In our early beginnings as the Episcopal Church in the United States, our predecessors condoned slavery along with the leadership of the colonies that formed who we are today. We, as a national church body, have since through several and many resolutions at General Conventions of the Episcopal Church (TEC), have resolved to ask forgiveness and provide acknowledgement of our past racial sins. Now as TEC, we have an obligation to fight for the rights of all human beings and to respect their dignity and respect the people for who they are, equally as children of God. What does that mean for the people of the Episcopal Church of the Resurrection in Blue Springs, MO? It means we need to live into our baptismal covenant and stand up for the marginalized. This means being a body of people to affect the changes that are necessary for real reforms not only in the governmental bodies and agencies who serve on behalf of communities, but also in our cultures and traditions that have for so long repressed many people in our society. Our Episcopal diocese, along with our neighboring dioceses and the Evangelical Lutheran Church in America will be standing in solidarity with each other to proclaim our place in assisting others to make the necessary reforms with in our own church bodies and our communities for the sake of abolishing racial and other human discrimination. As parishes realize the opportunities in our own communities, we will be requested to participate in enacting reform and become leaders as Christians to treat all people with dignity and respect. I know that this message will preach to a choir of people who are just and righteous in loving our neighbors, and who, without prejudice care for others as they would their own family. I am obligated as your priest and rector to raise up the message for change and reform to be a people of God, and to be a people responsive to Christ's call for LOVE. I ask your prayers for God's grace as we move forward with others in our community to affect changes that will truly reflect that love for all people.
With Christ as my guide....   Fr. David
Gardening Angels needed
Gardening Angels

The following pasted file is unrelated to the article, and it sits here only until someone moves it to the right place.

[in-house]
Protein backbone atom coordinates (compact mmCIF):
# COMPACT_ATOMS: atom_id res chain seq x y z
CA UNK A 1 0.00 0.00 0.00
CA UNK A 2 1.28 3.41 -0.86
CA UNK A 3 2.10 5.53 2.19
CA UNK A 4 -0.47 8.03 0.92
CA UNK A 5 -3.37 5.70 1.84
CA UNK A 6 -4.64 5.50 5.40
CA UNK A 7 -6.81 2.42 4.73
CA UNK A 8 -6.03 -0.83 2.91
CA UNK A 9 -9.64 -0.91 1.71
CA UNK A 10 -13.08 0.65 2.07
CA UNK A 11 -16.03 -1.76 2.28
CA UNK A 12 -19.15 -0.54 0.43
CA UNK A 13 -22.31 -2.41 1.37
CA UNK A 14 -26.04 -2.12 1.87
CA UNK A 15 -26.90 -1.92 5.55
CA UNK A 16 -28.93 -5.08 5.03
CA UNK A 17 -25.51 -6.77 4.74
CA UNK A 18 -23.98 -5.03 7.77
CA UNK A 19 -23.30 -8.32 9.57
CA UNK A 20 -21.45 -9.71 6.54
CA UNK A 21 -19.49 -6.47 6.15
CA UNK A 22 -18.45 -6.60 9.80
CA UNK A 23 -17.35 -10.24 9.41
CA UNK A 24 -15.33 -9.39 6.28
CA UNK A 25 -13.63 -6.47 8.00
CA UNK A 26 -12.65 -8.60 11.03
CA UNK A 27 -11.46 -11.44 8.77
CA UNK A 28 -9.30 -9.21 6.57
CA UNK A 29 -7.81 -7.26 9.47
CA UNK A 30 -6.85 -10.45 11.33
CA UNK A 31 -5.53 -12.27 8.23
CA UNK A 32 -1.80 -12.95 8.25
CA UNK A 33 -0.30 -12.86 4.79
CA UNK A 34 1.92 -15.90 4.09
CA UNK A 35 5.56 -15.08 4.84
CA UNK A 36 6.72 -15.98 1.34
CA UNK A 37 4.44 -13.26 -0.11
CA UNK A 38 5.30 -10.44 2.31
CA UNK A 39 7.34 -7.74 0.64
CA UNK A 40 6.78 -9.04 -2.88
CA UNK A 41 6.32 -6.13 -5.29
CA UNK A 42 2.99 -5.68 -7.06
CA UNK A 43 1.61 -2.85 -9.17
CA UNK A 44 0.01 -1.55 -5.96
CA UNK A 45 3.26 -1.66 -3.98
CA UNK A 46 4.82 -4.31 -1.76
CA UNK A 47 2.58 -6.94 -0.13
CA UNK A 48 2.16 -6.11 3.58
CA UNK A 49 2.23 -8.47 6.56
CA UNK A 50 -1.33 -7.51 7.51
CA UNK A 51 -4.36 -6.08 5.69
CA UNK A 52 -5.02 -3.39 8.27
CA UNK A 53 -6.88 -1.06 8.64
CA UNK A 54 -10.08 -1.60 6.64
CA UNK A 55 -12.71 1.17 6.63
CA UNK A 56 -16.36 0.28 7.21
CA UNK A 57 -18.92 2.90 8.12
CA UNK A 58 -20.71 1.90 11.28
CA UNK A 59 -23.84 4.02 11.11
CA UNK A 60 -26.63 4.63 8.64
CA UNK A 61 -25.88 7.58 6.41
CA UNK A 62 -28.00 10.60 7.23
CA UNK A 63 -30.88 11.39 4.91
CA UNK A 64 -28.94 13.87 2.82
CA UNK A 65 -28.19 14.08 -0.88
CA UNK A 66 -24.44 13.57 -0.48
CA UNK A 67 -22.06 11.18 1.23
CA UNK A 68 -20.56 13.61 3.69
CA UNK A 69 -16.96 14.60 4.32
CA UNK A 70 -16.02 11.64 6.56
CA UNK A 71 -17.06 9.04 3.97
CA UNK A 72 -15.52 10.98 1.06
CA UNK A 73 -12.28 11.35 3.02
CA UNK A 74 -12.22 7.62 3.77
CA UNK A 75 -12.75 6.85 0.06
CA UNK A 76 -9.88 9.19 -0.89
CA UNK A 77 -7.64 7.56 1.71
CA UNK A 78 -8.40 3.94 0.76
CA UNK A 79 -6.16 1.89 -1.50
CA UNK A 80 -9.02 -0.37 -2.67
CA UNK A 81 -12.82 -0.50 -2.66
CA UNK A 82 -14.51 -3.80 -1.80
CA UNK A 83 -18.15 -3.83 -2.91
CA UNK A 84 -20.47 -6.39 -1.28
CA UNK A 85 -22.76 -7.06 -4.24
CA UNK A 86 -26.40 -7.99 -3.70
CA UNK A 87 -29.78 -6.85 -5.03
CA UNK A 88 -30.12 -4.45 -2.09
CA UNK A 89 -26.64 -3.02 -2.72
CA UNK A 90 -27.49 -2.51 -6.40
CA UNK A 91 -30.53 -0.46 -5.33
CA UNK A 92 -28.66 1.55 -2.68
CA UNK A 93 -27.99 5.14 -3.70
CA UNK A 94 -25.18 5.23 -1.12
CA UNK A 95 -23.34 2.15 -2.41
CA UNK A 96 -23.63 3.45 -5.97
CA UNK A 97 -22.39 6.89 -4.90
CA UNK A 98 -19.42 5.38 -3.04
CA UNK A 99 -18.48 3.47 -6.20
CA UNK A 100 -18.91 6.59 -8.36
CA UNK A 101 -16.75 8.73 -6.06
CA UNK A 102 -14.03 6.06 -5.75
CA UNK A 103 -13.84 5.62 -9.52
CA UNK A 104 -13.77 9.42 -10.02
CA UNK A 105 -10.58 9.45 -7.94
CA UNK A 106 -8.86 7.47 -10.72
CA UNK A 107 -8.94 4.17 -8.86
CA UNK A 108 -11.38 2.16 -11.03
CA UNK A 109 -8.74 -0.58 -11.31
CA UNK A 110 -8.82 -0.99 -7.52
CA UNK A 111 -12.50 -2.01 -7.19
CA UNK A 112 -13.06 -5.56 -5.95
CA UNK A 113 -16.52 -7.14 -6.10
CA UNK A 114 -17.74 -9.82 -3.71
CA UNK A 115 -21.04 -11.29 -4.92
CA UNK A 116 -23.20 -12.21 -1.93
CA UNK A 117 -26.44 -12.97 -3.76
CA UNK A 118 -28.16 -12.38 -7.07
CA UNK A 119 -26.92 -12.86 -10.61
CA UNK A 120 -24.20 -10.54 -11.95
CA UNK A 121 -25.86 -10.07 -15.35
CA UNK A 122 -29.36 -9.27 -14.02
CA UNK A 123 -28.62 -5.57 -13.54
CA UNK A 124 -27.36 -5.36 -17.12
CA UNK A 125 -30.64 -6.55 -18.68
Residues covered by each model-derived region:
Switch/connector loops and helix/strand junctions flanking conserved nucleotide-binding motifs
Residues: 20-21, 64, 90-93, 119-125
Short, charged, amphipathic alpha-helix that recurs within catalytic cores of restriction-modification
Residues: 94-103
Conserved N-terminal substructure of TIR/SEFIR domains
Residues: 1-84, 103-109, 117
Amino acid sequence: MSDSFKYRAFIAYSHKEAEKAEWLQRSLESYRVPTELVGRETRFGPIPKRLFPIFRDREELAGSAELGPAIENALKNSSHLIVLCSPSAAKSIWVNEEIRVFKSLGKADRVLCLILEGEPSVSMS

We need some additional Gardening  Angels to maintain the church gardens!

Volunteers take turns watering and caring for out beautiful plants and flowers.  A schedule makes it easy to know when it's your turn.

Please call Gabe at 816-392-5927 to help. 
COVID-19 update
Non-symptomatic people are infected with COVID-19 but not showing any symptoms of the virus.

Non-symptomatic people can be divided into two groups:  (a) Pre-symptomatic --  people who are infected that will eventually develop symptoms; and (b) A-symptomatic -- people who are infected but will never develop symptoms.

Ample evidence shows Pre-symptomatic people commonly infect others.  However, there is  confusion regarding the transmission of COVID-19 in A-symptomatic people because of a recent statement by the World Health Organization.

The reality is there is not enough data to know for certain right now.  About 45% of A-symptomatic people never become symptomatic and it is impossible for anyone to determine whether someone is Pre-symptomatic or A-symptomatic.

Therefore, your behavior should be the same, It is essential to continue standard public health measures of wearing masks, social distancing, good hand hygiene and assessing your personal risk of participating in activities.
Give generously
Shining our Light
Your continued financial support of the parish is vital to support our ministries and serve our members and community. 

Please review different ways to  send your contribution to the Church under the  give tab on our church website.  You can mail a check to the church, use Zelle, use your bank's Bill Pay service or now pay us by credit/debit card.   We also have a dropbox for payments affixed to the  wall just outside the ground level parking lot door for folks to leave payments.
Yard Sale delayed to fall
Yard Sale Donations

Please save any items you wish to donate to the church  for our annual yard sale.    Summer is a great time to clean-out all those closets and garages!
Due to the pandemic, we have delayed this event until fall.  Remember, all your donations are tax deductible.